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Creation and impact of containment units with high-risk zones during the coronavirus disease 2019 (COVID-19) pandemic

Published online by Cambridge University Press:  17 June 2022

Natalie A. Schnell*
Affiliation:
Infection Prevention, University of North Carolina at Chapel Hill Medical Center, Chapel Hill, North Carolina
Brooke Brewer
Affiliation:
Infection Prevention, University of North Carolina at Chapel Hill Medical Center, Chapel Hill, North Carolina
Kimberly Young
Affiliation:
Performance Improvement, University of North Carolina at Chapel Hill Medical Center, Chapel Hill, North Carolina
Turkeisha S. Brown
Affiliation:
University of North Carolina at Chapel Hill Medical Center, Chapel Hill, North Carolina
Shannon S. Carson
Affiliation:
Division of Pulmonary and Critical Care Medicine, University of North Carolina School of Medicine, Chapel Hill, North Carolina
Loc Culp
Affiliation:
University of North Carolina at Chapel Hill Medical Center, Chapel Hill, North Carolina
Cynthia Culbreth
Affiliation:
Infection Prevention, University of North Carolina at Chapel Hill Medical Center, Chapel Hill, North Carolina
Lauren M. DiBiase
Affiliation:
Infection Prevention, University of North Carolina at Chapel Hill Medical Center, Chapel Hill, North Carolina Division of Infectious Diseases, University of North Carolina School of Medicine, Chapel Hill, North Carolina
William A. Fischer
Affiliation:
Division of Pulmonary and Critical Care Medicine, University of North Carolina School of Medicine, Chapel Hill, North Carolina Institute of Global Health and Infectious Diseases, University of North Carolina School of Medicine, Chapel Hill, North Carolina
Katherine M. Schultz
Affiliation:
Infection Prevention, University of North Carolina at Chapel Hill Medical Center, Chapel Hill, North Carolina
Emily E. Sickbert-Bennett
Affiliation:
Infection Prevention, University of North Carolina at Chapel Hill Medical Center, Chapel Hill, North Carolina Gillings School of Global Public Health, University of North Carolina, Chapel Hill, North Carolina Division of Infectious Diseases, University of North Carolina School of Medicine, Chapel Hill, North Carolina
Lisa Stancill
Affiliation:
Infection Prevention, University of North Carolina at Chapel Hill Medical Center, Chapel Hill, North Carolina
David J. Weber
Affiliation:
Infection Prevention, University of North Carolina at Chapel Hill Medical Center, Chapel Hill, North Carolina Gillings School of Global Public Health, University of North Carolina, Chapel Hill, North Carolina Institute of Global Health and Infectious Diseases, University of North Carolina School of Medicine, Chapel Hill, North Carolina Division of Infectious Diseases, University of North Carolina School of Medicine, Chapel Hill, North Carolina
Erica Wolak
Affiliation:
University of North Carolina at Chapel Hill Medical Center, Chapel Hill, North Carolina
Lisa J. Teal
Affiliation:
Infection Prevention, University of North Carolina at Chapel Hill Medical Center, Chapel Hill, North Carolina
*
Author for correspondence: Natalie A. Schnell, E-mail: natalie.schnell@unchealth.unc.edu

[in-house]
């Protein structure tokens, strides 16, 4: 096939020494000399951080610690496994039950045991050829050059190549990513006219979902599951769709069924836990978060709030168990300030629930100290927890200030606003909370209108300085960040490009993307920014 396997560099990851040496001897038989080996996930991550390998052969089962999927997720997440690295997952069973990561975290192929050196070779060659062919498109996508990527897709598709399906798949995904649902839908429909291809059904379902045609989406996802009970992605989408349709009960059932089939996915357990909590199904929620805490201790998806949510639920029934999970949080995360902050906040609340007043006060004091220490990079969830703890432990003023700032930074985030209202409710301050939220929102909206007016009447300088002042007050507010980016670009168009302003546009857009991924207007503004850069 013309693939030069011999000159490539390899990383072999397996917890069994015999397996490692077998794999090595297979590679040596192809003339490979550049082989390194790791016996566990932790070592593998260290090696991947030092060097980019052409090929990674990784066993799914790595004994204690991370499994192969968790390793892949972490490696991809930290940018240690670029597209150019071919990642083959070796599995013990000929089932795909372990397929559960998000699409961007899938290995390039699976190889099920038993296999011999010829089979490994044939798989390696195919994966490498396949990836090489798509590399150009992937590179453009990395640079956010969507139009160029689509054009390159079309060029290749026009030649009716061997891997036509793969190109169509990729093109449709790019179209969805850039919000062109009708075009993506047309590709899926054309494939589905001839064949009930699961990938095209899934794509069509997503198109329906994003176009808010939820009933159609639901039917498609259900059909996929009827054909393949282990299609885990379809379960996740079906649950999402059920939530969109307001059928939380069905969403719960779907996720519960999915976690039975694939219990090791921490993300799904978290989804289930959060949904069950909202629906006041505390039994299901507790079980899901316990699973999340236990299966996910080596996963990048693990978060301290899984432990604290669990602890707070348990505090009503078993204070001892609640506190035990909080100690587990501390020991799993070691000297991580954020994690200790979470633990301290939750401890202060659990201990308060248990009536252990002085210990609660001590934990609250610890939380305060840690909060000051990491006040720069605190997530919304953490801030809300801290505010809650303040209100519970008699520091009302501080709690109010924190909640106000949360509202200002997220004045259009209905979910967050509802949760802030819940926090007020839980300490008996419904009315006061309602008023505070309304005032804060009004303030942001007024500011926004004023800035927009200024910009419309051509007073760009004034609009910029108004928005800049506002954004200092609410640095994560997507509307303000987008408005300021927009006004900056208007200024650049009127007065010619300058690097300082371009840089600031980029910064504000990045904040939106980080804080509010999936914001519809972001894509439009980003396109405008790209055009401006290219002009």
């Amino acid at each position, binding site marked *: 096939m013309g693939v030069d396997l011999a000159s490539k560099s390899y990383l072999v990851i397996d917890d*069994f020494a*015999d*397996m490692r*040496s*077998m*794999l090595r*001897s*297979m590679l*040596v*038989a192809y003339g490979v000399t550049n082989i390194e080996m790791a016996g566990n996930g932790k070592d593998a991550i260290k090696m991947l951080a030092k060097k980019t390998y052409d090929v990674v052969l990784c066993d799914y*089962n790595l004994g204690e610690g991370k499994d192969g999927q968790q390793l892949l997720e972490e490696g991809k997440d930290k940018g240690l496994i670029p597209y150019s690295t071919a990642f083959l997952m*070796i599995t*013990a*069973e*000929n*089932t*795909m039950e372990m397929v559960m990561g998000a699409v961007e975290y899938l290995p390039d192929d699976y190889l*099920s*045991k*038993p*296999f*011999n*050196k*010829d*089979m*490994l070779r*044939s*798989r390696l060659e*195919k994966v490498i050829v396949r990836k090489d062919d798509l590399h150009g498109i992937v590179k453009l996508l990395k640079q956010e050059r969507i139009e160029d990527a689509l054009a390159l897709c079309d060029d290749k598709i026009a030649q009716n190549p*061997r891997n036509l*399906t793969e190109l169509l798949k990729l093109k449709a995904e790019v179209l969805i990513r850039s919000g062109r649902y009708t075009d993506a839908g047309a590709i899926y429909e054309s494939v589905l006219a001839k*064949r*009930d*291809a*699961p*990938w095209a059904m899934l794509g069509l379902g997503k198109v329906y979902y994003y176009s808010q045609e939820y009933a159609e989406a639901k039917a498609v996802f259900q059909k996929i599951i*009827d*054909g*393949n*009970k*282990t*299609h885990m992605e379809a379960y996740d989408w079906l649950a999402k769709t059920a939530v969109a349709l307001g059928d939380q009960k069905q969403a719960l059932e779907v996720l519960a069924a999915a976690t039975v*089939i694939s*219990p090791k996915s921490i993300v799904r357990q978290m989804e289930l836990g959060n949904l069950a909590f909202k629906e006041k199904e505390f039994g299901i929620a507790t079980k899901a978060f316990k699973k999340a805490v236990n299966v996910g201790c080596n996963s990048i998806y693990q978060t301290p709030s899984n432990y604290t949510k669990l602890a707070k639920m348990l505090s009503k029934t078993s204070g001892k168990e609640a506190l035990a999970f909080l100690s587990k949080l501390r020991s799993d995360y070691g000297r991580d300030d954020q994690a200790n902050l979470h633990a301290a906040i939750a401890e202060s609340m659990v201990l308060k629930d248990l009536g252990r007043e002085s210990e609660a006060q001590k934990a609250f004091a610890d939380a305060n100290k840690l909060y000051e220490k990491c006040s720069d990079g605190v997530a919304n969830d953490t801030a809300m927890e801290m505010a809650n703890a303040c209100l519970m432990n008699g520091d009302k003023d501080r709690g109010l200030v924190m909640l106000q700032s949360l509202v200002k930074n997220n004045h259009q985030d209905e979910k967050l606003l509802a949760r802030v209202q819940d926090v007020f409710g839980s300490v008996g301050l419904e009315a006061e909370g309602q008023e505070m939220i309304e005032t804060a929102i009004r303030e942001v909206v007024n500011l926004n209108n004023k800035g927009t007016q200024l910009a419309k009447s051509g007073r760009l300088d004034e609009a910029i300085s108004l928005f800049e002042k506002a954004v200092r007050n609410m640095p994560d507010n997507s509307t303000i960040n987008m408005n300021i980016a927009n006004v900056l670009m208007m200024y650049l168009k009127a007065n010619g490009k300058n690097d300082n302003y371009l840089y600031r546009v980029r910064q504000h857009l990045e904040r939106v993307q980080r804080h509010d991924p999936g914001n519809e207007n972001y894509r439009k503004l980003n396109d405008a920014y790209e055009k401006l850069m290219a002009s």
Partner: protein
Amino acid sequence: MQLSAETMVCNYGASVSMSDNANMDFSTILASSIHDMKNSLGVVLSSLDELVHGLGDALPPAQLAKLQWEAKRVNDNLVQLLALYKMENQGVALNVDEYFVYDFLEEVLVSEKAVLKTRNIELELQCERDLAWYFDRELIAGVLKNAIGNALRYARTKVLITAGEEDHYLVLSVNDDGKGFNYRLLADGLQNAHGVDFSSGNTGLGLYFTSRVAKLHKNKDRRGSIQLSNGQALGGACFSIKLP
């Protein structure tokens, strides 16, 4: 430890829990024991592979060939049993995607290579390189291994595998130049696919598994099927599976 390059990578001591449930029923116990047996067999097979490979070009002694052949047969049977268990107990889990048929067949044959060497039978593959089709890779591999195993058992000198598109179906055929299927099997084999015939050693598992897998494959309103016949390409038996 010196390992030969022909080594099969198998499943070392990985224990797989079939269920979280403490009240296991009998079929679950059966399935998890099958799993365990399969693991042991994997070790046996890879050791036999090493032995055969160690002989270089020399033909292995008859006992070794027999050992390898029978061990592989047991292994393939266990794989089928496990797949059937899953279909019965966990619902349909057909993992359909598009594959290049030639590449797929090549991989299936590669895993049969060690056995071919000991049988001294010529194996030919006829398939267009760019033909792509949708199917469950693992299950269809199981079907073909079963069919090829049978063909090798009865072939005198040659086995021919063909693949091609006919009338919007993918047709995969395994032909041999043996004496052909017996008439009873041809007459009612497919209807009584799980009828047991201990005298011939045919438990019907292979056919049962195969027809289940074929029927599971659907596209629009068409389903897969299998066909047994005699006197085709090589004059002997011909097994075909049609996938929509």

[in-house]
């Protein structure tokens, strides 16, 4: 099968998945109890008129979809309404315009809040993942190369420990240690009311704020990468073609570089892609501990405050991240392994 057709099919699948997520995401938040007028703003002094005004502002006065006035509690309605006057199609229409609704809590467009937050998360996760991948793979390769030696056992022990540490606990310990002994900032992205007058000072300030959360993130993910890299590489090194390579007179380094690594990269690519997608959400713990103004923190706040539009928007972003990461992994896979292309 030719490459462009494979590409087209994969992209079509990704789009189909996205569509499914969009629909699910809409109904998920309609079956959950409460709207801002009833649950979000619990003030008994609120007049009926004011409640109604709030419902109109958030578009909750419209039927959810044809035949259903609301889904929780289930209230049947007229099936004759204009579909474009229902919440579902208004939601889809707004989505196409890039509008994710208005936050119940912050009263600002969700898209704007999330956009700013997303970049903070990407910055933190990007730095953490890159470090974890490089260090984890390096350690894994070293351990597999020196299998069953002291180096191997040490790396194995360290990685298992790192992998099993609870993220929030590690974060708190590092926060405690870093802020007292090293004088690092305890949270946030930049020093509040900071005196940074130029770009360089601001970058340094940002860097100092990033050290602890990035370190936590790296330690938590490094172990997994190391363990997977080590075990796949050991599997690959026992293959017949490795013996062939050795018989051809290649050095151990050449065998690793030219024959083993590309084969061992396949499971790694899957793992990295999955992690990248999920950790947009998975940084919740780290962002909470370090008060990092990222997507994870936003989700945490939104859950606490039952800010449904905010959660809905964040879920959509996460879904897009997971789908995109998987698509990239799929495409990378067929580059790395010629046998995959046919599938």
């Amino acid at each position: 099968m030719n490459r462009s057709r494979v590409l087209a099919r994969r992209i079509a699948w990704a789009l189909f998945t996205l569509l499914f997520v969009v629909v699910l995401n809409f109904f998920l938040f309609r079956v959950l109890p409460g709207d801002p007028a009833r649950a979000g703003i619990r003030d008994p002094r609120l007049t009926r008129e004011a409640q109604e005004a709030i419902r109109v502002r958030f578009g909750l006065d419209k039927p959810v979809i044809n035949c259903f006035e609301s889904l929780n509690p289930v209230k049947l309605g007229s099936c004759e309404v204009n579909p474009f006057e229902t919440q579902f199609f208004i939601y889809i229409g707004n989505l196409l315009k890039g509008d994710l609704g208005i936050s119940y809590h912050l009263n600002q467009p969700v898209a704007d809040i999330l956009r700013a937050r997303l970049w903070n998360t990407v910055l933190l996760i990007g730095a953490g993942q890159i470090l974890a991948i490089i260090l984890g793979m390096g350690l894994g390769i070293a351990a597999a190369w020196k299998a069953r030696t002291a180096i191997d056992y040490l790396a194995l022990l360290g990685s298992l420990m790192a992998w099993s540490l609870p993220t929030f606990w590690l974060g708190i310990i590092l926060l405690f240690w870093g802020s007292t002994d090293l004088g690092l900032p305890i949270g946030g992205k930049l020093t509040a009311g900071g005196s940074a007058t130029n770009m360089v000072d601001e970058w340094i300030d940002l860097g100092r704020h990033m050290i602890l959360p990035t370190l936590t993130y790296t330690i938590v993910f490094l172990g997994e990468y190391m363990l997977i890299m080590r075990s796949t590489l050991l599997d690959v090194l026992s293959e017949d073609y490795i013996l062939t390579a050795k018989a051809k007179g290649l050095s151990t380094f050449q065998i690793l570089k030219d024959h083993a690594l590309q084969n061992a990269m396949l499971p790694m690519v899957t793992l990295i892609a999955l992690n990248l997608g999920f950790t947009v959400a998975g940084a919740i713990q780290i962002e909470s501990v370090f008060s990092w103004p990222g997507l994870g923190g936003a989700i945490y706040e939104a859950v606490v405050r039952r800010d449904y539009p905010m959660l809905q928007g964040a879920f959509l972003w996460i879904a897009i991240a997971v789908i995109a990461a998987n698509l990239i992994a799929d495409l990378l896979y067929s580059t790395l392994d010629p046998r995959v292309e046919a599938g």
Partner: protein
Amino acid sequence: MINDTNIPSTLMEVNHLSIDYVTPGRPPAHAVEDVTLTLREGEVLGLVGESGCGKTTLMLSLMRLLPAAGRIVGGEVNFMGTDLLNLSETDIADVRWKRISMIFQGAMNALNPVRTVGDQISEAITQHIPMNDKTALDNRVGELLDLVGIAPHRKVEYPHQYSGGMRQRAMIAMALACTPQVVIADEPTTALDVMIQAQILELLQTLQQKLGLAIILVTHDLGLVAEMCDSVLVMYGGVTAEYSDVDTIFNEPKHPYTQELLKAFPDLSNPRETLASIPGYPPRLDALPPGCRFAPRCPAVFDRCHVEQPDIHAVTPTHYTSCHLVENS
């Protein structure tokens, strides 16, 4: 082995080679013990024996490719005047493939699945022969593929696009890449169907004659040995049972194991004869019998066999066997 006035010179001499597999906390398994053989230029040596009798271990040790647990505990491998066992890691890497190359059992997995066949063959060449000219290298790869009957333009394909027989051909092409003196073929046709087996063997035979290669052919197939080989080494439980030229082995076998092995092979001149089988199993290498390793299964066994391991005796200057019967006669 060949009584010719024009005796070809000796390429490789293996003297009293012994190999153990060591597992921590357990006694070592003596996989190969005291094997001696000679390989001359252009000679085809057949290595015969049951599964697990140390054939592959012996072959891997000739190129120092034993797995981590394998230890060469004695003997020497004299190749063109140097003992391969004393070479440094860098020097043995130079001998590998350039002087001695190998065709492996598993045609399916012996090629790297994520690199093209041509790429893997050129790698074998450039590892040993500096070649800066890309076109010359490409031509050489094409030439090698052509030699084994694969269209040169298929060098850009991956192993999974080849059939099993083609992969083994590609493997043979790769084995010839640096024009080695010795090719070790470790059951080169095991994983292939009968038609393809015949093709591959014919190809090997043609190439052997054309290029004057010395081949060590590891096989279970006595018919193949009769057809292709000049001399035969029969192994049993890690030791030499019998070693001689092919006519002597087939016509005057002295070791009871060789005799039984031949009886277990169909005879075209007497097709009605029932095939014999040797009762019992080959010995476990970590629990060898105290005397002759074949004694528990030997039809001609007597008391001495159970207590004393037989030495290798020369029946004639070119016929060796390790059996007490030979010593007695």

Abstract

Background:

The rapid spread of coronavirus disease 2019 (COVID-19) required swift preparation to protect healthcare personnel (HCP) and patients, especially considering shortages of personal protective equipment (PPE). Due to the lack of a pre-existing biocontainment unit, we needed to develop a novel approach to placing patients in isolation cohorts while working with the pre-existing physical space.

Objectives:

To prevent disease transmission to non–COVID-19 patients and HCP caring for COVID-19 patients, to optimize PPE usage, and to provide a comfortable and safe working environment.

Methods:

An interdisciplinary workgroup developed a combination of approaches to convert existing spaces into COVID-19 containment units with high-risk zones (HRZs). We developed standard workflow and visual management in conjunction with updated staff training and workflows. The infection prevention team created PPE standard practices for ease of use, conservation, and staff safety.

Results:

The interventions resulted in 1 possible case of patient-to-HCP transmission and zero cases of patient-to-patient transmission. PPE usage decreased with the HRZ model while maintaining a safe environment of care. Staff on the COVID-19 units were extremely satisfied with PPE availability (76.7%) and efforts to protect them from COVID-19 (72.7%). Moreover, 54.8% of HCP working in the COVID-19 unit agreed that PPE monitors played an essential role in staff safety.

Conclusions:

The HRZ model of containment unit is an effective method to prevent the spread of COVID-19 with several benefits. It is easily implemented and scaled to accommodate census changes. Our experience suggests that other institutions do not need to modify existing physical structures to create similarly protective spaces.

Type
Original Article
Copyright
© The Author(s), 2022. Published by Cambridge University Press on behalf of The Society for Healthcare Epidemiology of America

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